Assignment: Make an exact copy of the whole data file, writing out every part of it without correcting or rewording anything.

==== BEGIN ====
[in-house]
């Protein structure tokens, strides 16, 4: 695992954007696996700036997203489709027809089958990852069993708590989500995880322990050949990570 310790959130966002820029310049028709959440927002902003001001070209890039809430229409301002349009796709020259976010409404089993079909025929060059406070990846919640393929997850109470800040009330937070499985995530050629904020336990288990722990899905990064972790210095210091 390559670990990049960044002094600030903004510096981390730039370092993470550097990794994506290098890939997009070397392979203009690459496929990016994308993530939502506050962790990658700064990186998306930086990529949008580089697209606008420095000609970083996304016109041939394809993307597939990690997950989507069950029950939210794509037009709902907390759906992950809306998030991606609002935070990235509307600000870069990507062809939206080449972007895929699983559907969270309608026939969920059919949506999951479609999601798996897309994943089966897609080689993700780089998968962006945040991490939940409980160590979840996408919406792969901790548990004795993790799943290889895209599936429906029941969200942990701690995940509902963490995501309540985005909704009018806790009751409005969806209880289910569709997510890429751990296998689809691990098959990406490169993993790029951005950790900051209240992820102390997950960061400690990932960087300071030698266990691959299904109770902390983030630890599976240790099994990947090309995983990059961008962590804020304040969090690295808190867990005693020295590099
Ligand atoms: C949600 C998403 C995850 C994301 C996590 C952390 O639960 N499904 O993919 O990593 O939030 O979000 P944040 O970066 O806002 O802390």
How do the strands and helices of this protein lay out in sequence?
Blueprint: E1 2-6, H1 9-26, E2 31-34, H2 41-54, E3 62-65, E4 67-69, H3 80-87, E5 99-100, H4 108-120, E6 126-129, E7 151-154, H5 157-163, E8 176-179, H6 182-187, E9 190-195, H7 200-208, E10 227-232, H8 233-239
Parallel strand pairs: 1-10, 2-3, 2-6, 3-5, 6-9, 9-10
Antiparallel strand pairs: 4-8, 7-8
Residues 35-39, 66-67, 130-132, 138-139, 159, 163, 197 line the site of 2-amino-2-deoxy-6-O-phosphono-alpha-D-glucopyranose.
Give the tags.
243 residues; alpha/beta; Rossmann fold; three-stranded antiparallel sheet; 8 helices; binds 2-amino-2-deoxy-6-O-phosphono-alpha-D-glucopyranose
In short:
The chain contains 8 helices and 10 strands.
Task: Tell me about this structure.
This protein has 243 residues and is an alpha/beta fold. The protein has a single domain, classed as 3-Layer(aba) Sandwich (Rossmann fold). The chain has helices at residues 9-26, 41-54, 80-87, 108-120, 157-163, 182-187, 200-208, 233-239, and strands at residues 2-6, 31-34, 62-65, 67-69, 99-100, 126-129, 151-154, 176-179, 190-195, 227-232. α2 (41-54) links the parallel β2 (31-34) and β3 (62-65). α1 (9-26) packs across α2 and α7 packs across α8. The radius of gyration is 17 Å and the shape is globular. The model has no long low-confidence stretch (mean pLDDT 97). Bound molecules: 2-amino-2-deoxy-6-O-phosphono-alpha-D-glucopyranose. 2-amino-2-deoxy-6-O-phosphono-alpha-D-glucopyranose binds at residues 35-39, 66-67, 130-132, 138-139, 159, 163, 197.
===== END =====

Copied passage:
[in-house]
């Protein structure tokens, strides 16, 4: 695992954007696996700036997203489709027809089958990852069993708590989500995880322990050949990570 310790959130966002820029310049028709959440927002902003001001070209890039809430229409301002349009796709020259976010409404089993079909025929060059406070990846919640393929997850109470800040009330937070499985995530050629904020336990288990722990899905990064972790210095210091 390559670990990049960044002094600030903004510096981390730039370092993470550097990794994506290098890939997009070397392979203009690459496929990016994308993530939502506050962790990658700064990186998306930086990529949008580089697209606008420095000609970083996304016109041939394809993307597939990690997950989507069950029950939210794509037009709902907390759906992950809306998030991606609002935070990235509307600000870069990507062809939206080449972007895929699983559907969270309608026939969920059919949506999951479609999601798996897309994943089966897609080689993700780089998968962006945040991490939940409980160590979840996408919406792969901790548990004795993790799943290889895209599936429906029941969200942990701690995940509902963490995501309540985005909704009018806790009751409005969806209880289910569709997510890429751990296998689809691990098959990406490169993993790029951005950790900051209240992820102390997950960061400690990932960087300071030698266990691959299904109770902390983030630890599976240790099994990947090309995983990059961008962590804020304040969090690295808190867990005693020295590099
Ligand atoms: C949600 C998403 C995850 C994301 C996590 C952390 O639960 N499904 O993919 O990593 O939030 O979000 P944040 O970066 O806002 O802390």
How do the strands and helices of this protein lay out in sequence?
Blueprint: E1 2-6, H1 9-26, E2 31-34, H2 41-54, E3 62-65, E4 67-69, H3 80-87, E5 99-100, H4 108-120, E6 126-129, E7 151-154, H5 157-163, E8 176-179, H6 182-187, E9 190-195, H7 200-208, E10 227-232, H8 233-239
Parallel strand pairs: 1-10, 2-3, 2-6, 3-5, 6-9, 9-10
Antiparallel strand pairs: 4-8, 7-8
Residues 35-39, 66-67, 130-132, 138-139, 159, 163, 197 line the site of 2-amino-2-deoxy-6-O-phosphono-alpha-D-glucopyranose.
Give the tags.
243 residues; alpha/beta; Rossmann fold; three-stranded antiparallel sheet; 8 helices; binds 2-amino-2-deoxy-6-O-phosphono-alpha-D-glucopyranose
In short:
The chain contains 8 helices and 10 strands.
Task: Tell me about this structure.
This protein has 243 residues and is an alpha/beta fold. The protein has a single domain, classed as 3-Layer(aba) Sandwich (Rossmann fold). The chain has helices at residues 9-26, 41-54, 80-87, 108-120, 157-163, 182-187, 200-208, 233-239, and strands at residues 2-6, 31-34, 62-65, 67-69, 99-100, 126-129, 151-154, 176-179, 190-195, 227-232. α2 (41-54) links the parallel β2 (31-34) and β3 (62-65). α1 (9-26) packs across α2 and α7 packs across α8. The radius of gyration is 17 Å and the shape is globular. The model has no long low-confidence stretch (mean pLDDT 97). Bound molecules: 2-amino-2-deoxy-6-O-phosphono-alpha-D-glucopyranose. 2-amino-2-deoxy-6-O-phosphono-alpha-D-glucopyranose binds at residues 35-39, 66-67, 130-132, 138-139, 159, 163, 197.